‘ANOTHER GOOD ONE’: BRIDLED TERN ON ABACO
Well, with a bit of digging into the naming of this tern species, I have discovered that the ‘bridled’ part of it apparently refers to the white band / collar at the back of its neck. This is puzzling because one would expect a ‘bridle’ to start at the mouth / beak and angle backwards. Like a horse. Like the conspicuous black line from the base of this tern’s beak sweeping back past its eyes and joining its black cap at the back. How wrong that assumption would be…
Far more exciting than the ‘bridle’ question is the origin of the Bridled Tern’s species name, Onychoprion anaethetus. Wondering about the medical-sounding word, I discovered via the excellent ARKIVE that the name derives from the Greek for ‘senseless’ or ‘stupid’, “a reference to the ease with which hungry sailors captured this bird“. So there you have it: not ‘aesthetically pleasing’ or similar compliment, but just plain dozy.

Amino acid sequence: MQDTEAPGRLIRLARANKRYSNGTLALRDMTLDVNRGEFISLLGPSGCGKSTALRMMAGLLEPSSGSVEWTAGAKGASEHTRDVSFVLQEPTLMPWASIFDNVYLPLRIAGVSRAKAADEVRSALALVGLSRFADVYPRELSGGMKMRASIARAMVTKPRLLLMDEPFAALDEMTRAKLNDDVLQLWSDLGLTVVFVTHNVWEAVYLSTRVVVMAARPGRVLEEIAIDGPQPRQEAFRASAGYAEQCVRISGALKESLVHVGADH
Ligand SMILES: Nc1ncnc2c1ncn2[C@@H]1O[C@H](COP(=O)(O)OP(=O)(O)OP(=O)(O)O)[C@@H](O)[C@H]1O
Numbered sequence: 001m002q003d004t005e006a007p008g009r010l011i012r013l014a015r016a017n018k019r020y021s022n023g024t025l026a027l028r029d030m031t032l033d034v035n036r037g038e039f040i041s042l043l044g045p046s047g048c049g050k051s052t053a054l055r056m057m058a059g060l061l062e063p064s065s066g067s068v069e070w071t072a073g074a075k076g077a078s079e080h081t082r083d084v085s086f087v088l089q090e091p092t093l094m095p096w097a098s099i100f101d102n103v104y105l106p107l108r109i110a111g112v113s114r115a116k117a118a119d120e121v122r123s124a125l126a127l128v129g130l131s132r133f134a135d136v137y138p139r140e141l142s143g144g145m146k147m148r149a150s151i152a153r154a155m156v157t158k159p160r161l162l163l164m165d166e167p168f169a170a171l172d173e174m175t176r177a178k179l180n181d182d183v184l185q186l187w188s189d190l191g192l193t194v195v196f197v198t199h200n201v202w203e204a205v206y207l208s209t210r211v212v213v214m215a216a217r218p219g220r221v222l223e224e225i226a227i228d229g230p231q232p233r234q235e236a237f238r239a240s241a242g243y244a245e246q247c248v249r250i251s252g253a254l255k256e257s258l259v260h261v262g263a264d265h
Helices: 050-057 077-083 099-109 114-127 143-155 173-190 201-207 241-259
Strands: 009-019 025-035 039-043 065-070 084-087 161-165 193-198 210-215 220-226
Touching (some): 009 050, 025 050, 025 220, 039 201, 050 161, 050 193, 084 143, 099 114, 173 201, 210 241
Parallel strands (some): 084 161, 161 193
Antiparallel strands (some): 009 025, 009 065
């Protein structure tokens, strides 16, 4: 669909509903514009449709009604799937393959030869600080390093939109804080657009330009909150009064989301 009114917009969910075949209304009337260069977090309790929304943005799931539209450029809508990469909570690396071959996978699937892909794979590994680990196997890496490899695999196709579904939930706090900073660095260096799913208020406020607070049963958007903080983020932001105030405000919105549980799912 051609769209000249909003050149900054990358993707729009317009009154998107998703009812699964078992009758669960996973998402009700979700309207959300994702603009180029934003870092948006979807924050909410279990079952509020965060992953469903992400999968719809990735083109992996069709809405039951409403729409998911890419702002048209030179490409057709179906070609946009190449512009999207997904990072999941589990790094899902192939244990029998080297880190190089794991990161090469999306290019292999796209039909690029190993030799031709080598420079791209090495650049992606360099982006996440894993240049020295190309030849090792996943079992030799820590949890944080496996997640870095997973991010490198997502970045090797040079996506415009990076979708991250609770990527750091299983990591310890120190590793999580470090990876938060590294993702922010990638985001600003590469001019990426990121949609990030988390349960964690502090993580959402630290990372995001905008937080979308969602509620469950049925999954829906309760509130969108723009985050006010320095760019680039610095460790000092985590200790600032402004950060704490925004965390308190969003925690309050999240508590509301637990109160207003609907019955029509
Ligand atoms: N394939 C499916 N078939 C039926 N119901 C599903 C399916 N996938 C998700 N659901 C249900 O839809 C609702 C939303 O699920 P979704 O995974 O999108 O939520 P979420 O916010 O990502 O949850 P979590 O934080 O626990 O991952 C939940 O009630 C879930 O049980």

The Bridled Tern is a fairly common summer resident on Abaco, where it breeds. It is one of 12 tern species recorded on Abaco, the others being Sooty Tern, Least Tern, Gull-billed Tern, Caspian Tern, Black Tern, Roseate Tern, Common Tern, Arctic Tern, Forster’s Tern, Royal Tern and Sandwich Tern.
These terns plunge-dive for fish, but will also take them from the surface. Unlike other terns – for example the Least Tern – they usually dive directly and not from a hover. When courting, the male will rather charmingly woo the female by offering her fish.
Credits: Bruce Hallett (1,2,3), Aviceda (4), Xeno Canto (audio)